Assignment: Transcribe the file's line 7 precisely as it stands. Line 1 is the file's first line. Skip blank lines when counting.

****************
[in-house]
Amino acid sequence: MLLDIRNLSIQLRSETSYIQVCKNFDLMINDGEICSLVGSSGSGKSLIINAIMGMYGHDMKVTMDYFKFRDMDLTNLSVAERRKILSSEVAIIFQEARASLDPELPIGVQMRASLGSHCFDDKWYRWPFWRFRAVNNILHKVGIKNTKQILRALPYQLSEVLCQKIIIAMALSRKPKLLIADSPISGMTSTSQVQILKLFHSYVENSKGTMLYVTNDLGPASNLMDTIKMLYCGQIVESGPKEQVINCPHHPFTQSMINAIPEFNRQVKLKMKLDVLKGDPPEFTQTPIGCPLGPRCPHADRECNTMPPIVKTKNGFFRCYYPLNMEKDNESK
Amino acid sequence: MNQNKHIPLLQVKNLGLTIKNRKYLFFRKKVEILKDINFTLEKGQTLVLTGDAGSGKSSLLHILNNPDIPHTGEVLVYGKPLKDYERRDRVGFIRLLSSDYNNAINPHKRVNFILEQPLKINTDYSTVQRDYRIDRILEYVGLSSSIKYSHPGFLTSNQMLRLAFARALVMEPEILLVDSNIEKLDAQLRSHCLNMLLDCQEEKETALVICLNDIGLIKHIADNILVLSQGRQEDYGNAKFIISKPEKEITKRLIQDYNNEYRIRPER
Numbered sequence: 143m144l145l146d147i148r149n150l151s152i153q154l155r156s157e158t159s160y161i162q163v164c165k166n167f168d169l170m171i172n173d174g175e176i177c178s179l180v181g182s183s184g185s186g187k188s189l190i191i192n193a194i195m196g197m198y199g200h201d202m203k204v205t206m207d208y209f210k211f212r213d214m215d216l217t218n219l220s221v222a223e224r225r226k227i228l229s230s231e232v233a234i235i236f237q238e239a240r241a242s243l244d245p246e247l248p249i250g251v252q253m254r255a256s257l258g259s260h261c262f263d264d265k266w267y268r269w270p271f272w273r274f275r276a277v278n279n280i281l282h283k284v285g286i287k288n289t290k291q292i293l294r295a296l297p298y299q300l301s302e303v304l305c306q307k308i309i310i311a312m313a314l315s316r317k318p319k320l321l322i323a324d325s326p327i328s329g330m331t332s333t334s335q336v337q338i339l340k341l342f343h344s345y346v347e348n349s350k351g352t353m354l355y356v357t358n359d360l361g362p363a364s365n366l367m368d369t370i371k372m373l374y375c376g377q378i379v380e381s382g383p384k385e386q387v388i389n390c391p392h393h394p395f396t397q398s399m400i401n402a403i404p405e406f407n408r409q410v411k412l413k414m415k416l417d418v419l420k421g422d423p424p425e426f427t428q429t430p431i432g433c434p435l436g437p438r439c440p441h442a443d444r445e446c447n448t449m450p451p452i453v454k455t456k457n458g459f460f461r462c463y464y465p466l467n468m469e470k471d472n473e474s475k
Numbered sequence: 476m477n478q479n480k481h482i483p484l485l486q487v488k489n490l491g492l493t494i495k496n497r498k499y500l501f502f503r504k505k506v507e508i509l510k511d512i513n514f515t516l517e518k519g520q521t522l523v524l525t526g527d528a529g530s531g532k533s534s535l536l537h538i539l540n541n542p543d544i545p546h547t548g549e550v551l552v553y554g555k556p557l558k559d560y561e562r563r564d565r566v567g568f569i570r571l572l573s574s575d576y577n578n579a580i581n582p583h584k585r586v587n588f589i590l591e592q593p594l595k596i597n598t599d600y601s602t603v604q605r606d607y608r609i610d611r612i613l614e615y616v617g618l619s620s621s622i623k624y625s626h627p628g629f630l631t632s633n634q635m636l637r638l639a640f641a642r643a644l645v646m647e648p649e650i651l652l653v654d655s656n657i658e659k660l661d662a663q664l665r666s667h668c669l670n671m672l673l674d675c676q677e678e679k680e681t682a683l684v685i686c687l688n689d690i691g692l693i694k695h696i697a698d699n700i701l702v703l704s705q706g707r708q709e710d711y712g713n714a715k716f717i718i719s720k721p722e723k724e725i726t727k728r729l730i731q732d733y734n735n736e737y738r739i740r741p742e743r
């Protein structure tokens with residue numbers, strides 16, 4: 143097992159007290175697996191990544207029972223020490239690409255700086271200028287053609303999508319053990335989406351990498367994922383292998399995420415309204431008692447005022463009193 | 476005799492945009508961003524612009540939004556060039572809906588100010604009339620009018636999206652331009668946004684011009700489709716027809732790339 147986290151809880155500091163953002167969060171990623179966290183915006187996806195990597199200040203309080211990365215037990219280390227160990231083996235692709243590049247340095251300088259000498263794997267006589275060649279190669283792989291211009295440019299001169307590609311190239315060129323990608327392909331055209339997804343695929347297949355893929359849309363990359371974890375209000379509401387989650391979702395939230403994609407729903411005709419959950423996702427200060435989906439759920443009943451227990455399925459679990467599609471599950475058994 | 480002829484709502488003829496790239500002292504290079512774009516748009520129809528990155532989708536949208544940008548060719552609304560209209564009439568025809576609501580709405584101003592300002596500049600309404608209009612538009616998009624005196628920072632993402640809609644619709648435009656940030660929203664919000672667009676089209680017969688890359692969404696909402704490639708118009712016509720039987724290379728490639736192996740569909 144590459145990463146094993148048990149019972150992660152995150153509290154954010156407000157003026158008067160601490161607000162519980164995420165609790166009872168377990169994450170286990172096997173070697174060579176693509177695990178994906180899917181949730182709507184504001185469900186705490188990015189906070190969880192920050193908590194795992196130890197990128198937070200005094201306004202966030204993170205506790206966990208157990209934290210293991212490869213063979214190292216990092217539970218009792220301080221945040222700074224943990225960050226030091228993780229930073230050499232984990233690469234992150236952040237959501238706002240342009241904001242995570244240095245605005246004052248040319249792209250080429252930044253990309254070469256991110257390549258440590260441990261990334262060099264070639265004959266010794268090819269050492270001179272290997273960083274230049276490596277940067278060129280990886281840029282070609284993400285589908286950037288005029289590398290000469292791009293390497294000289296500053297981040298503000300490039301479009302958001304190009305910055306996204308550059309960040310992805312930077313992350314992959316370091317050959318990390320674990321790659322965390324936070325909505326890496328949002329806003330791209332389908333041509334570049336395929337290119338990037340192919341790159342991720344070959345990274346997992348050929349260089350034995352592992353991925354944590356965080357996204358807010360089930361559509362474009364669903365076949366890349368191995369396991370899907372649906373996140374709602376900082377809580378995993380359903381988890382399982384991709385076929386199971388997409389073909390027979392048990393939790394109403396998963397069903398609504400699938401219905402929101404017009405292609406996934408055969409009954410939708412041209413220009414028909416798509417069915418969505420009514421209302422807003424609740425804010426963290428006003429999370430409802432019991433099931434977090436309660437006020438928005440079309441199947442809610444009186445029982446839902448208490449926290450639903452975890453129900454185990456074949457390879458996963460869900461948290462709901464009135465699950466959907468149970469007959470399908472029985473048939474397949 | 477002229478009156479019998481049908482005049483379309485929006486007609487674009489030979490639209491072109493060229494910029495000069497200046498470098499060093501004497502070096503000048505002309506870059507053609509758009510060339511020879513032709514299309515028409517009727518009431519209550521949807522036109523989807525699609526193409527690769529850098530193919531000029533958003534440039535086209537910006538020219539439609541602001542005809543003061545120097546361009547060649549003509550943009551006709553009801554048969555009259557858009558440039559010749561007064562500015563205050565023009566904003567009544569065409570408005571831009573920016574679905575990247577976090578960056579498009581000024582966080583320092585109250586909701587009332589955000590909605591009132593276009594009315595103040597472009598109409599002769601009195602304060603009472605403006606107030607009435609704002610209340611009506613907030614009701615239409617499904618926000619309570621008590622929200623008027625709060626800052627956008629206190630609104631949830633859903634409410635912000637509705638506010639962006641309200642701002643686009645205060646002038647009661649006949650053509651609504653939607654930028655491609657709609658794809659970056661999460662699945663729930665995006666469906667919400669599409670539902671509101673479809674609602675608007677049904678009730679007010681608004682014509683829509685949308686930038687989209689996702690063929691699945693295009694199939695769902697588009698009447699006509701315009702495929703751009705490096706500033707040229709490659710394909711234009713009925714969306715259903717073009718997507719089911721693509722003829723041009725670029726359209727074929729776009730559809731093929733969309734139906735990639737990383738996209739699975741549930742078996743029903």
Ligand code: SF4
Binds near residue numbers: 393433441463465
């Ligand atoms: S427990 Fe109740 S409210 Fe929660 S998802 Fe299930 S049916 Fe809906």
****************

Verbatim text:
Ligand code: SF4